Knowledge, Belief and Political Order: The Historical Writing of Aurora in the Medieval World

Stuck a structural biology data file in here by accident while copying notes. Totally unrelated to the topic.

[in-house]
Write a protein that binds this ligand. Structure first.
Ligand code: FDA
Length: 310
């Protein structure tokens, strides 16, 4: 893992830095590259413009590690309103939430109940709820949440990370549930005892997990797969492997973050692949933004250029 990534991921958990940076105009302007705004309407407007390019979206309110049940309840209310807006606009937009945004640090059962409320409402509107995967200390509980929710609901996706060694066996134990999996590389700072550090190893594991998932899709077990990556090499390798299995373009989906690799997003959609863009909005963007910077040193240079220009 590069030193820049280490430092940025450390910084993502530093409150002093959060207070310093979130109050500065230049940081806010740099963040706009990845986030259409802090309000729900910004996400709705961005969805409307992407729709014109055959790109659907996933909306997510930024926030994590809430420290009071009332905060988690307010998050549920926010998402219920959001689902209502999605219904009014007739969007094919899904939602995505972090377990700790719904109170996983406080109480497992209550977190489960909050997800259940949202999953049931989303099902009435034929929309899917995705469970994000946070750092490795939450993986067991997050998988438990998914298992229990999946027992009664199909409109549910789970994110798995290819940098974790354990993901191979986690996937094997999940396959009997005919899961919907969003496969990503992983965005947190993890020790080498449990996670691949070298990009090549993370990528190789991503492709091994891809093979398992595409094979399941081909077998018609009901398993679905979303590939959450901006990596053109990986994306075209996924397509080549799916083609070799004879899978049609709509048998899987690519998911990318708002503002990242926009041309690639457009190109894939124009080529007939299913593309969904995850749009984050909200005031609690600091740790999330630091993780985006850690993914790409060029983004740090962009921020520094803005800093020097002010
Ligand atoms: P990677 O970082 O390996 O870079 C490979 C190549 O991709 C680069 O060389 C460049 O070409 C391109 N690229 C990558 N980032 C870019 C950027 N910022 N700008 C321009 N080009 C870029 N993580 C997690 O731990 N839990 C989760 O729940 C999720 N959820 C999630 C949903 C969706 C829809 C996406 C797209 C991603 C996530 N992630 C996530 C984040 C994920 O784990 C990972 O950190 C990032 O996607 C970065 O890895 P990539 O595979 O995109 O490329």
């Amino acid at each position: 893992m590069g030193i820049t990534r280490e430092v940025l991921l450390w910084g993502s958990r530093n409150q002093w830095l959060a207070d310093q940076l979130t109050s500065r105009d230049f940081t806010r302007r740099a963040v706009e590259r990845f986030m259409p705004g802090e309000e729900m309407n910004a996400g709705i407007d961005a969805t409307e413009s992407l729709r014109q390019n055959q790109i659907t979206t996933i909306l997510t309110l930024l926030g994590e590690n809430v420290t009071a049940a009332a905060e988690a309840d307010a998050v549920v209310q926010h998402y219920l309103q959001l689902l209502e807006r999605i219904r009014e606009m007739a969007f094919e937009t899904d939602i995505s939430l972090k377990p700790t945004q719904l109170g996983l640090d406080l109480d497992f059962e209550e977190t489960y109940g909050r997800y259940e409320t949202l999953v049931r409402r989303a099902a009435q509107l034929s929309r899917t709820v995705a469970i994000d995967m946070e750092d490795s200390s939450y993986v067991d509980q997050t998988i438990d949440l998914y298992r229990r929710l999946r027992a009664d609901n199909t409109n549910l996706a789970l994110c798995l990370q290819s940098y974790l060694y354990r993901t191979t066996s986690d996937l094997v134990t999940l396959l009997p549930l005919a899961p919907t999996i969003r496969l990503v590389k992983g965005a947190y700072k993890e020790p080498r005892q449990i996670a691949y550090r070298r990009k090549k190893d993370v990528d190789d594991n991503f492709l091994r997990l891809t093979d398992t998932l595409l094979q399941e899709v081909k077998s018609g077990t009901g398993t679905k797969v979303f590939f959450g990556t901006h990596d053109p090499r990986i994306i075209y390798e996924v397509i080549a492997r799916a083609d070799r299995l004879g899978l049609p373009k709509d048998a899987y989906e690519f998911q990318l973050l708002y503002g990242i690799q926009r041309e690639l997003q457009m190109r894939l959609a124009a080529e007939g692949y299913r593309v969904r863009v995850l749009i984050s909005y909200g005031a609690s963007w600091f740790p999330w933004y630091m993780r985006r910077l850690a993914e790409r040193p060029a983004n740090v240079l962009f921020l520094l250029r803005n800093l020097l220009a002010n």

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Abstract: This paper investigates how the recording of a unique natural phenomenon, aurora, in ancient East Asia reflects the system of knowledge and different ideas of political control. The possibilities of witnessing aurora were much higher in ancient East Asian world than in modern times, which are resulted from the variation of North Geomagnetic Pole and solar activity. The paper approaches the subject through a comparative perspective between the East and West. Specifically, it addresses four aspects: (1) The pattern and criteria of aurora records; (2) The establishment, transmission and transformation of the knowledge of aurora; (3) The origins of the thought and belief on disasters and anomalies associating with the phenomenon of aurora; (4). The institutional, military and social significance of aurora writing. Through a thorough survey of the aurora accounts from the Han to the Northern Song dynasty (3rd century BC to 12th century AD), it reveals a principal pattern: firstly, it describes aurora in details, including the emerging time, location where it was observed, its color and shape, and, secondly, providing an interpretation based on divination. Finally, this interpretation is linked to a specific political event or political figure. This pattern of narrative was forged during the Han, and had been adopted in the subsequent eras with minor variations. The interpretation, which usually treats aurora as a disastrous and anomalous sign, were based on the theory of Yinyang and the Five Elements. It was the cornerstone of aurora writing in traditional China. Notwithstanding in pre-modern European accounts of aurora, there are lots of related myths and legends associated with wars and epidemic diseases. There are similar counterparts in Chinese accounts, except that the later one was formed around the belief system and knowledge structure of Yinyang and the Five Elements theory. The paper provides a new explanation on the “intertwined structure” between knowledge, belief, and political order in East Asian literature. The pattern of aurora depicted in medieval China writings in particular, which links astrology, natural calamities and abnormal natural phenomenon with political event and progress, is also evident in Korea and Japan. It appears that there is a shared knowledge of aurora description and interpretation across East Asian sphere, and it played a vital role in politics, culture, and ideology in East Asia. The conception “East Asian augural sphere” can be conceived as a demonstration of the heavenly divination very different from its perception in pre-modern European cultures.